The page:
It's pretty clear IKEA is paying attention. They've now launched a signal repeater/USB charger. This is a very smart move and doesn't hog the space when you don't really need an outlet. This further supports the hypothesis that we're going to see IKEA branded Xiaomi devices show up soon.
Good info... need go to IKEA local store to check the availability...
Nice looking device for repeater. Sucks that it's only Output: 5V DC and Max total load: 1000 mA for USB.
Nothing here in Canada yet. Looks like US has online inventory at least. Very interesting that US IKEA customers are being asked to pay more for the dedicated repeater than the outlet. Probably a mistake that caused them to be charged higher fees for importing a "repeater" versus an "outlet".
I can't find it on the FCC ID page for IKEA devices, but it's ZigBee 3.0 certified:
Also possibly "exciting" is the news that there's a new ZigBee 3.0 certified TRÅDFRI motion detector coming soon:
The reason why there might not be specific entries for all these new TRÅDFRI smart home devices on the FCC ID website is that they may all be using the same RF Module, which supports ZigBee, Bluetooth LE, and Thread wireless protocols:
Okay, once I pick one of these, I'm going to sacrifice it to the "Dremel Gods" and see if the link to Xiaomi can be found within its innards.
Or do we already know without cracking it open?
Expecting that might happen in the future. I don't think these are Xiaomi, but there may be cooperation in the manufacturing. There's a partnership between Xiaomi and IKEA for software only at this point, and only in China. There are some photos of the outlet innards and it does not appear to be manufactured by Xiaomi either.
From the press release, it sounds like Xiaomi is going to allow IKEA smart home products to join in the existing Xiaomi IoT ecosystem. In other words, an IKEA device could be paired to a Xiaomi hub.
Yep. I'm assuming that is just a software limitation, but you'd understand how that works better than I. I'm guessing that partnership together with the engineering and manufacturing prowess behind Xiaomi will result in more down the road, but just guessing.
I got one of these yesterday, it wasn't clear from the photos on the IKEA site but it's a pretty neat device because the power socket part is actually separate from the repeater part.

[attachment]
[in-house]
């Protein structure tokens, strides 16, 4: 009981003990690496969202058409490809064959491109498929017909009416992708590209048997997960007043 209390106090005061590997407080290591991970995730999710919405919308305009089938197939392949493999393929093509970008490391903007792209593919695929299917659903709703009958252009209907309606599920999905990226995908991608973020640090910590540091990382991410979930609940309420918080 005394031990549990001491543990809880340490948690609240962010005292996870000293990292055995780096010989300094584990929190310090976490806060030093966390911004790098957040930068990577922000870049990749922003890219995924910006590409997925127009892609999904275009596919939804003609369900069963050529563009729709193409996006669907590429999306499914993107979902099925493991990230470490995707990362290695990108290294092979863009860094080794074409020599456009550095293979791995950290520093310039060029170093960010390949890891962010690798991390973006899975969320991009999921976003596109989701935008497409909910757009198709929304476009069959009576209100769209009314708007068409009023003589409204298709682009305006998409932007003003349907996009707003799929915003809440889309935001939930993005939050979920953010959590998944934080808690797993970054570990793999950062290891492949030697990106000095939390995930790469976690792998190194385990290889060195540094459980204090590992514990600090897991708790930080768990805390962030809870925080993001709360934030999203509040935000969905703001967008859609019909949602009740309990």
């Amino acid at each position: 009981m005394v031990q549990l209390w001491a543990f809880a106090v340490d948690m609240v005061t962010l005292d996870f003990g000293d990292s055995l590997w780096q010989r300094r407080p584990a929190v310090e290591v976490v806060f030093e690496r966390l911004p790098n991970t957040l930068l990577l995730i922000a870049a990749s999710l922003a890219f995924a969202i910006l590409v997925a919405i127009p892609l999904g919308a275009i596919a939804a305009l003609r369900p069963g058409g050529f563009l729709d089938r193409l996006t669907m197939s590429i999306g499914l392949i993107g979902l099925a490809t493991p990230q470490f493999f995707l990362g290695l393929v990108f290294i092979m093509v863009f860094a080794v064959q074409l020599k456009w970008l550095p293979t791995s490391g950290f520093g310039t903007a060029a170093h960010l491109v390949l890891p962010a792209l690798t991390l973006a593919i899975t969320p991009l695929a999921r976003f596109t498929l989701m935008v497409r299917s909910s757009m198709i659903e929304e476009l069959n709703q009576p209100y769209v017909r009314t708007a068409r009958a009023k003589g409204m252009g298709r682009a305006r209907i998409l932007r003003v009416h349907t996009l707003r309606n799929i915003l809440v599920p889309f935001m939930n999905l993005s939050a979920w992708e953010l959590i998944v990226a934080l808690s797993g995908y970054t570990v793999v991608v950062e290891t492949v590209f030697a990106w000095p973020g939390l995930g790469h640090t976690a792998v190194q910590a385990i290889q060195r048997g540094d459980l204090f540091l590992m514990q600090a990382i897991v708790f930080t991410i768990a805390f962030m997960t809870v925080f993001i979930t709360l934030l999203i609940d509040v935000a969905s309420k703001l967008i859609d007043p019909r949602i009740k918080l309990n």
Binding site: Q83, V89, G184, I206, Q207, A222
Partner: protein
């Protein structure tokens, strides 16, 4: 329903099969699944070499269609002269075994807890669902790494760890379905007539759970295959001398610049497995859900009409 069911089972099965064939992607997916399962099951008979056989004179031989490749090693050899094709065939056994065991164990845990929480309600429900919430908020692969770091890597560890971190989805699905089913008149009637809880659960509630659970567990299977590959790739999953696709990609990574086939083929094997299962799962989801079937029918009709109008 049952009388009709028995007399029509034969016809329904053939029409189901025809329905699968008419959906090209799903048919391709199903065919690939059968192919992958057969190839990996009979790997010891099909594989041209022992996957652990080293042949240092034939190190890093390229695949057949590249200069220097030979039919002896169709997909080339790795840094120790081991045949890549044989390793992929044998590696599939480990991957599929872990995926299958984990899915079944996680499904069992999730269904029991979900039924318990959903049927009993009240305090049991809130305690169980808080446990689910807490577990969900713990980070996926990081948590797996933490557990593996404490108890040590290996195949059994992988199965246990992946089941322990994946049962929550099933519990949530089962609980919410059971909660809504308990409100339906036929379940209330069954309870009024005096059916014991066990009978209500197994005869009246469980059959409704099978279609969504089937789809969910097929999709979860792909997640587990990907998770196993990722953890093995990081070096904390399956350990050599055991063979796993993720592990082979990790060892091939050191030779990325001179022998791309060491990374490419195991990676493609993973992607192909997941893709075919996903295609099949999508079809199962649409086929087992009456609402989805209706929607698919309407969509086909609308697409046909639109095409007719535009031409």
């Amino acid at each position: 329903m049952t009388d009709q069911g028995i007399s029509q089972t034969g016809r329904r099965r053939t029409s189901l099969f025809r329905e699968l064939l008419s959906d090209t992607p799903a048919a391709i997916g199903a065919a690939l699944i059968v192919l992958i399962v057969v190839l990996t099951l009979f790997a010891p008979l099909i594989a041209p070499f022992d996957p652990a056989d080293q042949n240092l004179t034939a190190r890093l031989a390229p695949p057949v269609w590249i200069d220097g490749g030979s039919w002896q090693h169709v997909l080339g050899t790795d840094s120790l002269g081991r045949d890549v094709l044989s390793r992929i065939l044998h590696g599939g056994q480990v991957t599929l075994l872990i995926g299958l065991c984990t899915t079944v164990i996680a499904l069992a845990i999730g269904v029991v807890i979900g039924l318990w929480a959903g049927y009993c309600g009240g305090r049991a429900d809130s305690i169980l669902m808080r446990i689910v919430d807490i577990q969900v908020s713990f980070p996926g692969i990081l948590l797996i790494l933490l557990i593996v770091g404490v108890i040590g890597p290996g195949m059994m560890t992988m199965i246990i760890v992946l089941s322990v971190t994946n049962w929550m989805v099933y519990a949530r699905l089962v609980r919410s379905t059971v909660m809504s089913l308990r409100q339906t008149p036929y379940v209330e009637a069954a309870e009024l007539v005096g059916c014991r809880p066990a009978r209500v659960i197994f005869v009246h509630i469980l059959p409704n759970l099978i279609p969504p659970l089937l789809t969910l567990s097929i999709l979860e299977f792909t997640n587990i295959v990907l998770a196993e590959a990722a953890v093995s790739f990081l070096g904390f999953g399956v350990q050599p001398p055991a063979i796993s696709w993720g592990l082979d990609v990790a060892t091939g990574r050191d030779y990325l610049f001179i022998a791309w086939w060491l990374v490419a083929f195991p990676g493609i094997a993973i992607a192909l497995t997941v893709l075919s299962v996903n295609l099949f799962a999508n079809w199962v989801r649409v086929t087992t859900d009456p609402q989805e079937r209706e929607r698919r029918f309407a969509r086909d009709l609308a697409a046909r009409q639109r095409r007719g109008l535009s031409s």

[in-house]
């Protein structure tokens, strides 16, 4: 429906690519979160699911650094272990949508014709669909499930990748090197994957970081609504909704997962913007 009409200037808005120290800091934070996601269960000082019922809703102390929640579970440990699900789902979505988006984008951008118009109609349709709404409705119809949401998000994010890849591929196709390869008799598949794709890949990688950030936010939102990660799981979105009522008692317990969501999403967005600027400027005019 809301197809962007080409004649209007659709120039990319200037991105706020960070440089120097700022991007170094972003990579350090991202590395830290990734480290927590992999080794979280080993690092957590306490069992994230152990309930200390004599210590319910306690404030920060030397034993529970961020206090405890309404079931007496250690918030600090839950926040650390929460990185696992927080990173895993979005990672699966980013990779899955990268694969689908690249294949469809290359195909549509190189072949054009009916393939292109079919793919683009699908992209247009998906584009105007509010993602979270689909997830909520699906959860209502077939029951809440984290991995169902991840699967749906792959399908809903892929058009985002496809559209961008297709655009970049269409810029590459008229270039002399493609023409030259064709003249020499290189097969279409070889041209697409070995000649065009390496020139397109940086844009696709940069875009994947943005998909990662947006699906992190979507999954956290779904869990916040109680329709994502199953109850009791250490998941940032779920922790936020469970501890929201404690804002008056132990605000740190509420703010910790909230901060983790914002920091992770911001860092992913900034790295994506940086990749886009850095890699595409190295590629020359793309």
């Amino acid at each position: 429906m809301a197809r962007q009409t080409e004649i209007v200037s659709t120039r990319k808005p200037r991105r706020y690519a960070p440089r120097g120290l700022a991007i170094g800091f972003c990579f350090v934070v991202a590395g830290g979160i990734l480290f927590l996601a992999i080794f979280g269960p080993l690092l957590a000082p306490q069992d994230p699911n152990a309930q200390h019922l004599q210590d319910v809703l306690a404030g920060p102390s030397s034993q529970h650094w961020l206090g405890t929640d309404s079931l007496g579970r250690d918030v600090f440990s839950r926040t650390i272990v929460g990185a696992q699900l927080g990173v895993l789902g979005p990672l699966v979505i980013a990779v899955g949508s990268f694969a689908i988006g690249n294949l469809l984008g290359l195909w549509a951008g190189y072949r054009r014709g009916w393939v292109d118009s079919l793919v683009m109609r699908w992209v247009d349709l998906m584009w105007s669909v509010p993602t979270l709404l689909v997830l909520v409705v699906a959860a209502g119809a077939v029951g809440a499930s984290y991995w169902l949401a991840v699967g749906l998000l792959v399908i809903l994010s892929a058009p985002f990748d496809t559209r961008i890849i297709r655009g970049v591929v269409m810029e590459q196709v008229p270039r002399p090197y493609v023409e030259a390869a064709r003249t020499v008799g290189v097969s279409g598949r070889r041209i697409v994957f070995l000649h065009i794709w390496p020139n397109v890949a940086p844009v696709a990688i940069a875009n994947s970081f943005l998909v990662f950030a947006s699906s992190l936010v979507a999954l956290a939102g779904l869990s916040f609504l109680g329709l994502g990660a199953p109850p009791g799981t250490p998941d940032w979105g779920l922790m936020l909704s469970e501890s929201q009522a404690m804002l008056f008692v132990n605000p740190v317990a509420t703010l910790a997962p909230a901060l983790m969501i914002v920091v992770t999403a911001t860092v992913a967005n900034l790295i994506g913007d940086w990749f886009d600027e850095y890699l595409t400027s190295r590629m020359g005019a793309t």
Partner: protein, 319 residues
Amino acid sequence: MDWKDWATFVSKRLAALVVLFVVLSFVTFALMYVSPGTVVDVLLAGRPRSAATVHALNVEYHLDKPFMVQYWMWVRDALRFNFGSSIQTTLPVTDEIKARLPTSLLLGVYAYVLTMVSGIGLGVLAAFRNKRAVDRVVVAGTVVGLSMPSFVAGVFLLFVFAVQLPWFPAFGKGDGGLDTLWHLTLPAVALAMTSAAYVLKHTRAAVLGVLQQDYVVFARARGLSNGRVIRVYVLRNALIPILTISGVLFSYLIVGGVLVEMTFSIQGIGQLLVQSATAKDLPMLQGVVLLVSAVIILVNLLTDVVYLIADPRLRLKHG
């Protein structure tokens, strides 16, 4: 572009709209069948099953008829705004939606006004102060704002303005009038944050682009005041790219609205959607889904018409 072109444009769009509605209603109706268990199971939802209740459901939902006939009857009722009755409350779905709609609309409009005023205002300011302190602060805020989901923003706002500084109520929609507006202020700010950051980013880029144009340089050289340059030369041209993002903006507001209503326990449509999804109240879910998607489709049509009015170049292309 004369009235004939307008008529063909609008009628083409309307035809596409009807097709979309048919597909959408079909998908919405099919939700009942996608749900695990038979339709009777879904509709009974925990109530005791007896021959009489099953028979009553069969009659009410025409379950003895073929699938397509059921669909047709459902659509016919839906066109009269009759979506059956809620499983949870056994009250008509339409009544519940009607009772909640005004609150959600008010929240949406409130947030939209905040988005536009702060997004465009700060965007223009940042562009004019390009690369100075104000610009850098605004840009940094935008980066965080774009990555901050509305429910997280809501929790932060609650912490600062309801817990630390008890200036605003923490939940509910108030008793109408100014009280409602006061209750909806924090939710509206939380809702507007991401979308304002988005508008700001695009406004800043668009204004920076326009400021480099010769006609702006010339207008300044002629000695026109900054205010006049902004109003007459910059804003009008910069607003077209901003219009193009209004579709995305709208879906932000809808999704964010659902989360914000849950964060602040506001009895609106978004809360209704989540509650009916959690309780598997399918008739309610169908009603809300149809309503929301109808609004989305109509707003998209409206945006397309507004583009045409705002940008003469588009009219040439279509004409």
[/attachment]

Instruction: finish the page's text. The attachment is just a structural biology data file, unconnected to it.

So you have the power socket (5V USB) and then a USB repeater which plugs in to the USB on the power socket and also passes through the USB power, if that makes sense.
It means you don't have to use it with the power socket itself, any 5V USB power supply would be fine. I plugged mine into a convenient USB port on the back of a TV screen (one that doesn't lose power when the screen is on standby) using a USB extension lead to position it in a good location.
wow! thats a game changer for me. You could hide these anywhere! Only reason I havent bought one was I couldnt picture it sticking out of a receptacle they looked very bulky as a whole unit.
@martyn - you've got an XBee, and some Xiaomi / Aqara devices, right?
So you know what my next question is....
Yeah... If they work w/Xiaomi devices I'll be buying a few. Much smaller than the Tradfri outlets.
Yes for sure
The only "problem" that I have with XBEE mapping is that it only really gives you a point-in-time view in my experience.
By that I mean that my ZigBee network never seems to stay static and is constantly changing over time - I believe that this is normal, standard behavior with end devices moving between routers as long as the 16-bit address doesn't change (because that signifies a leave and re-join).
There doesn't seem to be any pattern to how devices move, nor any discernible trend in how an end device chooses a router.
For example I have an Aqara door sensor on the door of the cabinet that the Hubitat is in - when I joined that device it joined direct on the Hubitat because it's less than a foot away from it, but over the coming week it moved around between various routers before it finally settled on an Aqara light switch in the kitchen on the other side of the house. During this time the 16-bit address stays the same.